Ellen Reddick : Manners Matter
by Soren Simonsen, Co-Founder, Impact Hub Salt Lake
Many entrepreneurs are focused on their personal brand these days. A lot of effort goes into media and technology, which are great tools to build a brand. But Ellen Reddick makes a convincing argument that face-to-face is still the most important and memorable first impression.
“First impressions always matter,” say Ellen. “What is the mental image we create? What will someone remember about me after we meet?” We’re so used to communicating with technology that reading body language and emotion are becoming lost skills.
Ellen founded Impact Factory in 2002 (www.impactfactoryutah.com), a performance improvement company with a focus on improving soft skills to help individuals and businesses take their brand to the next level. She works with business clients to help them excel in sales, service, and leadership.
Ellen is the author of several business books and articles, and a writer for several business blogs. She is a noted national expert on business etiquette and personal branding, and is often interviewed for national articles and publications. She is a regular on Fox 13 TVs “The Place” as their Business Professional Expert.
One area of profession interest has been to use technology more effectively in the workplace.
“Just because we can communicate instantly by text and social media messaging doesn’t mean we should.” says Ellen. “Communication can be immediate but decisions don’t have to be, especially with long-term impacts.” Sometimes the best quick reply is, “let me get back to you on that.” A more carefully crafted response often comes after you’ve had a chance to research and do your homework.
The business lunch is another area for great improvement for many people. Dining etiquette is becoming a lost art.
“We don’t go to lunch to eat. We go to develop relationships,” Ellen says. “Relationships are too important to bring bad dining habits from home. Good manners at the dining table gives the impression that details are important.” Table manners can often make or break a business deal.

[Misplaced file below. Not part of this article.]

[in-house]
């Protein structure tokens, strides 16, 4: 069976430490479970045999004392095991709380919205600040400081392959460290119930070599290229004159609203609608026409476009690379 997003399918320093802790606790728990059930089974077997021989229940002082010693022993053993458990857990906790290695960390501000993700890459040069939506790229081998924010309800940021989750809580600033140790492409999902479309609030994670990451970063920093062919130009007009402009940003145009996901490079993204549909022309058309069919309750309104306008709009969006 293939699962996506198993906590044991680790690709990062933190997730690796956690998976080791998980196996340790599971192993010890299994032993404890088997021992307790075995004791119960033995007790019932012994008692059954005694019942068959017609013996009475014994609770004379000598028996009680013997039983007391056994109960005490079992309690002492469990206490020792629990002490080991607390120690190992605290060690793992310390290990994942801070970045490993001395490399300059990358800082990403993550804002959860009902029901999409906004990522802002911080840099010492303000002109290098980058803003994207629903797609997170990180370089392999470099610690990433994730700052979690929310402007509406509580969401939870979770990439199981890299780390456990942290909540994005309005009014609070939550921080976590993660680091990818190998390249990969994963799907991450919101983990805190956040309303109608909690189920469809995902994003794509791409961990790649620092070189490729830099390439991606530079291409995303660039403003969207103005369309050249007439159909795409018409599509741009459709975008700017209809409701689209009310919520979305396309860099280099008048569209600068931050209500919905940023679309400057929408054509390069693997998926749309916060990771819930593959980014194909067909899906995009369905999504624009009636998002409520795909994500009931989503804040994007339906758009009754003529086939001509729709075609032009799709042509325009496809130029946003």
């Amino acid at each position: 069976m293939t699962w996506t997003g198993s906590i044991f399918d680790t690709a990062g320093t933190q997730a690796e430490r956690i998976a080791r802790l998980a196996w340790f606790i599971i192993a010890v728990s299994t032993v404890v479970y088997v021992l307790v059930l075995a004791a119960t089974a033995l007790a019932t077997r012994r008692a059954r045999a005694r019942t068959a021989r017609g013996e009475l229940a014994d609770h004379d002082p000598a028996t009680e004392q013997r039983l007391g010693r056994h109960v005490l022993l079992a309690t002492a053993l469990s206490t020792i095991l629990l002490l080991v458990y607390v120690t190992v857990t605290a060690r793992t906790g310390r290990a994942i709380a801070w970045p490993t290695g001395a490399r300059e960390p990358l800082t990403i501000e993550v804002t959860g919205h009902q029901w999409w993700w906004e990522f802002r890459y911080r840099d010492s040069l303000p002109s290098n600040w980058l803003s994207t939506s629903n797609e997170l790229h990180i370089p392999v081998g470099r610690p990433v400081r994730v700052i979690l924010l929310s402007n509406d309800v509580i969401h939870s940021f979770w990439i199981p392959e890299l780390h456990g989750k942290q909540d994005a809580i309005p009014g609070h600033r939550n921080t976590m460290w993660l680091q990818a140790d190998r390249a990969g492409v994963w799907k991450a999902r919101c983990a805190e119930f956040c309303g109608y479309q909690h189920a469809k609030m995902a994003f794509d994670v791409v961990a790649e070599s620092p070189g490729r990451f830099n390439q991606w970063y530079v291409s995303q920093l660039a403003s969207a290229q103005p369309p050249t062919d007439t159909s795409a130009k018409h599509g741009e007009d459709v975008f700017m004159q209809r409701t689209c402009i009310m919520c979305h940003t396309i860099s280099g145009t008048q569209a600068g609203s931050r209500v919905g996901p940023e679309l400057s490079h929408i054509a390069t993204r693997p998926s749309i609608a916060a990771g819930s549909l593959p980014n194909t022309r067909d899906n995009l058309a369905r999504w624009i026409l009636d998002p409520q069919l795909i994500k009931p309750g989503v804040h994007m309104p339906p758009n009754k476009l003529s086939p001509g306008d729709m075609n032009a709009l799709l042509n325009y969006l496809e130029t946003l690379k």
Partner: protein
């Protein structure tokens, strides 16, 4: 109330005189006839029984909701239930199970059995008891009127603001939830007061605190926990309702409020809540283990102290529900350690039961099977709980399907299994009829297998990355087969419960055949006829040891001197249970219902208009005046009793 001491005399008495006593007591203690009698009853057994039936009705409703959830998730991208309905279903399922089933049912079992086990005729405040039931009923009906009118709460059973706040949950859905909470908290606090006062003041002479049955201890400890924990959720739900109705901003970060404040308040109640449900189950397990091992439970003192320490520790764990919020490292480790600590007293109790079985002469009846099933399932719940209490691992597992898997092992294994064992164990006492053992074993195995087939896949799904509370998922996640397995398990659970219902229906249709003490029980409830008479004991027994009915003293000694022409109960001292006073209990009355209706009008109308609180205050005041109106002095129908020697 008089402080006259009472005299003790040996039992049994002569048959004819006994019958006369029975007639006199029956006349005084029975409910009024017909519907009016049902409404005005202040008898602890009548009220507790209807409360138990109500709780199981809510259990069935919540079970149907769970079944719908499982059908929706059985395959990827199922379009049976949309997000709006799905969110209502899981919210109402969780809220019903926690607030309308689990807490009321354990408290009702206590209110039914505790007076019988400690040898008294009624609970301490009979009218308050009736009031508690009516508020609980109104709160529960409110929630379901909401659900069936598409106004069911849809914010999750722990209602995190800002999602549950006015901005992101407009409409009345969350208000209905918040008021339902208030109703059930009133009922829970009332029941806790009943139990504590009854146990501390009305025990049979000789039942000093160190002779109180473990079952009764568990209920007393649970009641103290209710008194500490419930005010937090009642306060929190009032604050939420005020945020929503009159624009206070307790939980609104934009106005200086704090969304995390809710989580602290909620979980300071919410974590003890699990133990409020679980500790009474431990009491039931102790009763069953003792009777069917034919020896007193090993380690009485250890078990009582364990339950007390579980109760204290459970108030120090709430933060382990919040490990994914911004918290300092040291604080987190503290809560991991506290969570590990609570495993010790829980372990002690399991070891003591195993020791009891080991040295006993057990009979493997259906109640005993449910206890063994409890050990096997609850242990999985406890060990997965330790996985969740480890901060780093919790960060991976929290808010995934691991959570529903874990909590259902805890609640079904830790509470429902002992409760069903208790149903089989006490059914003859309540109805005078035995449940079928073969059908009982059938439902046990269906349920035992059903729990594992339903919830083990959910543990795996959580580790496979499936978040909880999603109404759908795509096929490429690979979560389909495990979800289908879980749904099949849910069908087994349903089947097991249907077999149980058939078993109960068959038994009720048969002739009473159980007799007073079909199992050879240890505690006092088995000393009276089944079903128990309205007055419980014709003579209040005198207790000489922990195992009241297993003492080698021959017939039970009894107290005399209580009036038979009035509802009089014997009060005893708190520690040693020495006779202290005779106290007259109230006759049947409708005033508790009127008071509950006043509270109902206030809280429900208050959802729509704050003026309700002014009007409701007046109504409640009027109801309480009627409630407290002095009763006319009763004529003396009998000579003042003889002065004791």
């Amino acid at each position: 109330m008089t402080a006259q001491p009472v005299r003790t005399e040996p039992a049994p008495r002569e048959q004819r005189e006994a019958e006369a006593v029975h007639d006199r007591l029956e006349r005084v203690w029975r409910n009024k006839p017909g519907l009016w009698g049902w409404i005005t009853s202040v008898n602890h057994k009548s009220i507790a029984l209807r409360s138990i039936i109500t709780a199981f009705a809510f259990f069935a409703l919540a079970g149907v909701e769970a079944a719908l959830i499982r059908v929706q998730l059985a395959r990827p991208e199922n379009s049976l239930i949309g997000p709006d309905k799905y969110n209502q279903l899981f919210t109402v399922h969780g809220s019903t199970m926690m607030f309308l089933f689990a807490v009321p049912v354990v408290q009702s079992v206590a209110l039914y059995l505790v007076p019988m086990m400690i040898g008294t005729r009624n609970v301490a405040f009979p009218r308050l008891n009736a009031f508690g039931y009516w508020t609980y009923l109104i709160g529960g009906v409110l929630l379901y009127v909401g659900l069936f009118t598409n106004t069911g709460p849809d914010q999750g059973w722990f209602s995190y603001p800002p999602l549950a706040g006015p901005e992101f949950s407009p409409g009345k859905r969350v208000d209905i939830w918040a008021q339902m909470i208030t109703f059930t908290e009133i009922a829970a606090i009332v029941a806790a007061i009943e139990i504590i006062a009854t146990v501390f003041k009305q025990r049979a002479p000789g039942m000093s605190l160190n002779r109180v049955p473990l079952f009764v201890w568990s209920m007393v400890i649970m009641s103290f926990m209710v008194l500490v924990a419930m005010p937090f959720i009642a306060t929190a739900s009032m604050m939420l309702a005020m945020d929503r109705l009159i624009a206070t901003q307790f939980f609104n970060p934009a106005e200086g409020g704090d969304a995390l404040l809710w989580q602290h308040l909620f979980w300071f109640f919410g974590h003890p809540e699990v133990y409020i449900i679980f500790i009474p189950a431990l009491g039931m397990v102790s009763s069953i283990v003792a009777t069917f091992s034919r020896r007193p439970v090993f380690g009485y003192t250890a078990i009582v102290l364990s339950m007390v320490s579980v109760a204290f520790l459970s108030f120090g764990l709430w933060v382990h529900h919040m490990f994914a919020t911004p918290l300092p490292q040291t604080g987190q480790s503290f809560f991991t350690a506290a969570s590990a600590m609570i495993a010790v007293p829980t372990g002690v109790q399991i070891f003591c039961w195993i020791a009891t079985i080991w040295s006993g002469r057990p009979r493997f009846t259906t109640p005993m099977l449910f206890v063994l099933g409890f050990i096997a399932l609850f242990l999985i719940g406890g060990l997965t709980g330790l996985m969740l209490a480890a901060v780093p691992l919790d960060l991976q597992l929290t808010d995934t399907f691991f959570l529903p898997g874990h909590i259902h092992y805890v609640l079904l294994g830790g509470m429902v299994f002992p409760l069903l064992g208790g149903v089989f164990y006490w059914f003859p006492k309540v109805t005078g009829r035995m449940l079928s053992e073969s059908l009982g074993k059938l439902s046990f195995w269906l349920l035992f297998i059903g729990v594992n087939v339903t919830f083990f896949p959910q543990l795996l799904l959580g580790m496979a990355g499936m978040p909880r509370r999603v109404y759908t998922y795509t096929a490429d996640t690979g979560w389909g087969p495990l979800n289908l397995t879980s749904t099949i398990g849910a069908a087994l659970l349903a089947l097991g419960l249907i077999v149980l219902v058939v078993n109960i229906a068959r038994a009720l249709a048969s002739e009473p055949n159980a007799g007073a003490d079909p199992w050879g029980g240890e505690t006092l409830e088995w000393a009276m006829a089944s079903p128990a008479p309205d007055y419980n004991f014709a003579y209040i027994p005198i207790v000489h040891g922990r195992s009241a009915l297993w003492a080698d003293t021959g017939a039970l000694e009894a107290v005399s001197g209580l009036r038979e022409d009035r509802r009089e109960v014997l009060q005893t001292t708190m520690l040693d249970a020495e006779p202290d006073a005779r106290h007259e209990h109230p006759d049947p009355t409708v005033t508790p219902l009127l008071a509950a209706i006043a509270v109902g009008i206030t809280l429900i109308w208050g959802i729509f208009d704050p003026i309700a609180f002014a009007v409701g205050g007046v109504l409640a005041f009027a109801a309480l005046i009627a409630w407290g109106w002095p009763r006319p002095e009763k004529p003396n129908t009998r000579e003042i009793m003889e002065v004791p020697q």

Ellen has helped organizations in numerous industries increase sales and customer retention while simultaneously improving employee retention, engagement, and productivity. Employers often ask her to tackle the “hard conversations” they don’t know how to share, such as professional grooming and attire.
“When I’m hired as the messenger to help companies, I always leave people with a clear message about etiquette in how they dress and groom for the workplace, and why it matters.” Many work places are adopting more casual dress codes, but Ellen says that a level of professionalism is still important.
In addition to her professional work, Ellen has a great passion to get people involved in their grassroots community. “I work with many people who think that activism is at the Bernie level,” she says. “But the real impactful activism happens at the block and neighborhood level.” Ellen is deeply involved in community-building and leads by example, evident in her past and current community service.
Ellen is the past Chair of the Salt Lake Business Advisory Board, and has been a business advisor to former Salt Lake City mayors. She is currently the Chair of the Bonneville Hills Community Council, Chair of the East Bench Master Plan Advisory Group, Board Member of Utah Moms for Clean Air, Board Member of the Foothill Village Merchants Association, Board Member of Utah Transit Riders Union, and more.
Civic engagement is a perfect place for Ellen to combine her professional and personal areas of passion and interest. When manners, and the important skills of listening and compromise are absent from political and community discourse, we get the sort of divisiveness prevalent today as a result. These are fueled by social media that gives a platform for individuals, including civic leaders, to say, “my opinion is the only one that matters.”
Ellen’s influence on etiquette is as important at the community council as it is in the corporate boardroom. Because manners matter.
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